WEEK IN REVIEW: Halle Flies Solo Again
BERRY UNMARRIED: Halle Berry filed for divorce from her husband of three years, R&B singer Eric Benet, Monday in Los Angeles Superior Court. Berry, 37, was previously married to pro ballplayer David Justice, but the relationship ended in 1996. The instability in her relationship with Benet, also 37, from whom she separated last October, has been well-documented, and at one point her husband was reportedly treated for a sex addiction.
DOWNEY SINGLE: Robert Downey Jr. and his estranged wife, actress-model Deborah Falconer, officially ended their 12-year marriage. The two, both 39, have been separated for eight years, ever since the start of Downey's drug problems. The two had married after a 42-day courtship in 1992, the same year he delivered his Oscar-nominated role in Chaplin. "This is more or less just a formality," publicist Alan Nierob told Reuters. Downey is engaged to producer Susan Levin, whom he met on the set of the 2003 film Gothika.
KOBE'S CASE: Kobe Bryant, 26, had just enough time to make his Wednesday night game against the Houston Rockets, having left the Eagle, Colo., courtroom where he is being tried on sexual assault charges court at 4:50 p.m., PEOPLE reported. But the L.A. Lakers star is due back May 10 for his arraignment – where he will enter his plea – and two additional days of hearings on matters of suppression and rape shield laws.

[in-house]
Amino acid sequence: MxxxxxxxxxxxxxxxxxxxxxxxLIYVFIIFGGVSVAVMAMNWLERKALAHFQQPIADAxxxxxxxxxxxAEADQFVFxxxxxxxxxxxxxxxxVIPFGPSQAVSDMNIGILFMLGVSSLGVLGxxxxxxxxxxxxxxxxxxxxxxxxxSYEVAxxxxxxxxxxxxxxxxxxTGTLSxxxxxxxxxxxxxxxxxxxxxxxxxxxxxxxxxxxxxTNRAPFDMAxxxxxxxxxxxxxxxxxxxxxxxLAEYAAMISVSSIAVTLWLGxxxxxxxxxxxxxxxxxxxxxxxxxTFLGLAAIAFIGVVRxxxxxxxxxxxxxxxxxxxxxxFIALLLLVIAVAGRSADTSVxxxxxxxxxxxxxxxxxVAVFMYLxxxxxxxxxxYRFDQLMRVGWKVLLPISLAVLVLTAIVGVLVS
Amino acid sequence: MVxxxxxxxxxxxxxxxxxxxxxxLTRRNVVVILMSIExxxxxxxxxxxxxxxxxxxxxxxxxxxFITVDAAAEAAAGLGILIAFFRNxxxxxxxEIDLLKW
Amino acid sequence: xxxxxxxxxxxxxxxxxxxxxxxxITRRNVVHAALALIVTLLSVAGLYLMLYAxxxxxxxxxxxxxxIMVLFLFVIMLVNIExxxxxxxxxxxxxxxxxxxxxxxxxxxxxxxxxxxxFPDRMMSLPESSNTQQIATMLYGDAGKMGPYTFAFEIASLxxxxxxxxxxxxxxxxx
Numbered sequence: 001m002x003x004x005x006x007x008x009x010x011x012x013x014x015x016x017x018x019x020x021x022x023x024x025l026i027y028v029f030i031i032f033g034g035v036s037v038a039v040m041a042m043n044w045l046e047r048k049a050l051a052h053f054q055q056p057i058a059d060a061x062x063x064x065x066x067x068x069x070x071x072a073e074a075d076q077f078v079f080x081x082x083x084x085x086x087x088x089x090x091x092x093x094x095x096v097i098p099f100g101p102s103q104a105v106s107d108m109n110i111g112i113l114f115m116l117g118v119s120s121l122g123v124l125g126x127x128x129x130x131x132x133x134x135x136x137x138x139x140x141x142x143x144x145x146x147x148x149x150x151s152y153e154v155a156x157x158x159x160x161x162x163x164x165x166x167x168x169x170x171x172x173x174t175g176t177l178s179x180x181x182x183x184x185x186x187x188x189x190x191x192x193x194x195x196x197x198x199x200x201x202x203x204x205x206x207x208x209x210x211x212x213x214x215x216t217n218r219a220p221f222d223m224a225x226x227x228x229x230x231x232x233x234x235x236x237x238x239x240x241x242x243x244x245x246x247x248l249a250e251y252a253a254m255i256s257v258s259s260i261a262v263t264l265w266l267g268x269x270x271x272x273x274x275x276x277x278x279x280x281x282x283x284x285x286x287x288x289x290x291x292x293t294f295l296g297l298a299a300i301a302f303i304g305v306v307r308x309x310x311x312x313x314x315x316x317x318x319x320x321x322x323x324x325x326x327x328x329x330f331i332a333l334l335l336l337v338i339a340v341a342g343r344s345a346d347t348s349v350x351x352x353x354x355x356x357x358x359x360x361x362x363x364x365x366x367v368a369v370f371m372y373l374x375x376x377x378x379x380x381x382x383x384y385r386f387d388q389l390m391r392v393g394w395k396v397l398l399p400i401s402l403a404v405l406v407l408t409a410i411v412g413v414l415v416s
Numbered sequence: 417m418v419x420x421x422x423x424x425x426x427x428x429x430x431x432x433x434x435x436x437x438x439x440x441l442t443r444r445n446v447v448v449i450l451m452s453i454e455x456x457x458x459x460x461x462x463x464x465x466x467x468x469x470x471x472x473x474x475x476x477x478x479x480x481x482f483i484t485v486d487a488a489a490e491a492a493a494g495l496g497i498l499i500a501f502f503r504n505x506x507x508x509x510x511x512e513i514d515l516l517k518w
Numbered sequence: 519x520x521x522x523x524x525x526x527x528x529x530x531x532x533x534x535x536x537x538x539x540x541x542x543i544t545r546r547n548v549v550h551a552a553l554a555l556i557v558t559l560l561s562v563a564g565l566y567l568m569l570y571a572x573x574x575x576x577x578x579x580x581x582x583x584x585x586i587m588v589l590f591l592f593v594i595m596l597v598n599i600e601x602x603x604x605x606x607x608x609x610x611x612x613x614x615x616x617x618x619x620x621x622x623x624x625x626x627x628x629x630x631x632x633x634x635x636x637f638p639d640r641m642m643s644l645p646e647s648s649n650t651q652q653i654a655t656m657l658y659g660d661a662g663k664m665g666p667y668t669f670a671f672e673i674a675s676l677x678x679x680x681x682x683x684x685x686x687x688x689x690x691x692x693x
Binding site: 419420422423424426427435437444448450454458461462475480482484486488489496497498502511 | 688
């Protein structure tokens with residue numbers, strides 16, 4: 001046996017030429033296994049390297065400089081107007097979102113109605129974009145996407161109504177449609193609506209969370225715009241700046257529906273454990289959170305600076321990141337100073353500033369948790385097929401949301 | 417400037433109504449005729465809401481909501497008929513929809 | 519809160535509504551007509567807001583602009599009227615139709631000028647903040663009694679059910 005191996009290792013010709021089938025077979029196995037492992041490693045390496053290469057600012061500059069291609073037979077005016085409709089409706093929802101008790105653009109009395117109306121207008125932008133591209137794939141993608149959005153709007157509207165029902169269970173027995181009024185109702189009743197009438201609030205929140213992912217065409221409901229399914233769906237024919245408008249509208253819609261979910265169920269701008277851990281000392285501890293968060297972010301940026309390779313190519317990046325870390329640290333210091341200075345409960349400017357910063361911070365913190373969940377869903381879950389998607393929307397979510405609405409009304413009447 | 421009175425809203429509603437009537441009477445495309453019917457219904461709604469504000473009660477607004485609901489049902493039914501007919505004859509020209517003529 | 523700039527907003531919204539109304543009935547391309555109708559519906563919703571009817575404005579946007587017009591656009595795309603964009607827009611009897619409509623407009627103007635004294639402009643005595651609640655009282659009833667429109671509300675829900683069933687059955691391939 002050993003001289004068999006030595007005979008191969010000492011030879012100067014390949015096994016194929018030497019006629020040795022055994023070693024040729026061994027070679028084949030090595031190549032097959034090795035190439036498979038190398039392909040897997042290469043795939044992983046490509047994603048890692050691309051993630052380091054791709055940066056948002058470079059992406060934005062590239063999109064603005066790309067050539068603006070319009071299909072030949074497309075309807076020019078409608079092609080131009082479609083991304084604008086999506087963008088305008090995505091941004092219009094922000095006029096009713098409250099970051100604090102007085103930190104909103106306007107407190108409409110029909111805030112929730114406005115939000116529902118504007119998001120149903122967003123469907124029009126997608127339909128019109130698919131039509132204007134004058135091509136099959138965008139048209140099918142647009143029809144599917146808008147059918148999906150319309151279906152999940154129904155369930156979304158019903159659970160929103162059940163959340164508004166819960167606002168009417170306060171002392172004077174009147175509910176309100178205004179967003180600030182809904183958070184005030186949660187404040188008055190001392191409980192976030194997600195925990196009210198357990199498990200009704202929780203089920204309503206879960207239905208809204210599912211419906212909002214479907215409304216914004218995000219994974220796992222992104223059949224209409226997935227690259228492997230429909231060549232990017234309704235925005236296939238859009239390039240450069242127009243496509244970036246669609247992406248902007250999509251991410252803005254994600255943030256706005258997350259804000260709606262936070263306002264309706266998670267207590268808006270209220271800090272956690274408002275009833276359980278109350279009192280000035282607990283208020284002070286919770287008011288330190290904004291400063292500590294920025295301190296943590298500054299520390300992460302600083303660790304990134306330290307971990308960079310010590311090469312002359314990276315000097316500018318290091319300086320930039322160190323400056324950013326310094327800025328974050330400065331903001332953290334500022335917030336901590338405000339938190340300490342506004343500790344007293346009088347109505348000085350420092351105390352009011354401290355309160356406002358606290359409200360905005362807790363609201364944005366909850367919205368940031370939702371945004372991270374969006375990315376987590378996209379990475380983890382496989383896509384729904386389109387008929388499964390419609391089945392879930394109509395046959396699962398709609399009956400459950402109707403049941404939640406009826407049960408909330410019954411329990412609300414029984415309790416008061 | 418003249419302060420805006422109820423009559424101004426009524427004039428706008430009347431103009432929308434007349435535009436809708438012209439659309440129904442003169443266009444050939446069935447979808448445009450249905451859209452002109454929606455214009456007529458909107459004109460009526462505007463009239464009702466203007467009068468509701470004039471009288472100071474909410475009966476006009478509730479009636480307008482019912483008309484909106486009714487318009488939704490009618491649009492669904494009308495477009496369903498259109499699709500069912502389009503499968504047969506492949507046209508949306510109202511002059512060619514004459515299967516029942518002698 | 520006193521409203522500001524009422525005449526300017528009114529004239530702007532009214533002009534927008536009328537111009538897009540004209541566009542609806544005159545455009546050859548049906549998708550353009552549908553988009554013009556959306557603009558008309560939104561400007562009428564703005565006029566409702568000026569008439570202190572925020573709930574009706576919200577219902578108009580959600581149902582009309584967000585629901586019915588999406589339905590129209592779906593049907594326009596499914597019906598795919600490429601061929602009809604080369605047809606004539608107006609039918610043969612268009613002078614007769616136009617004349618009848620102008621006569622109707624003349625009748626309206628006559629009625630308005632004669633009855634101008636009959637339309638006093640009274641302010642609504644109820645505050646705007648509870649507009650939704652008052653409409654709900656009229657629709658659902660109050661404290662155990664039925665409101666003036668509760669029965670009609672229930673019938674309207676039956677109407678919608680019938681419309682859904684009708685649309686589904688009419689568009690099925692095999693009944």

DODI'S DAD: Mohamed Al Fayed, the father of Princess Diana's lover Dodi Fayed, has sued CBS for invasion of privacy and emotional distress over last week's 48 Hours Investigates, which featured a photo of Diana as she lay dying after the 1997 Paris car crash that also claimed Dodi's life. Al Fayed's lawyer Fred Gaines told Reuters that Al Fayed's legal action might be extended to include a defamation charge against the network.
LUKEWARM DIDDY: The highly anticipated Broadway acting debut of Sean 'P. Diddy' Combs in the revival of Lorraine Hansberry's once-groundbreaking Raisin in the Sun was received with a split decision by the critics: two good notices (in the tabloids) and two fairly humiliating notices (in the broadsheets). Loudest was The New York Times's Ben Brantley, who said Combs's lack of acting chops throws the production dangerously off-balance. The Times does, however, praise Combs's costars Audra McDonald and Phylicia Rashad.
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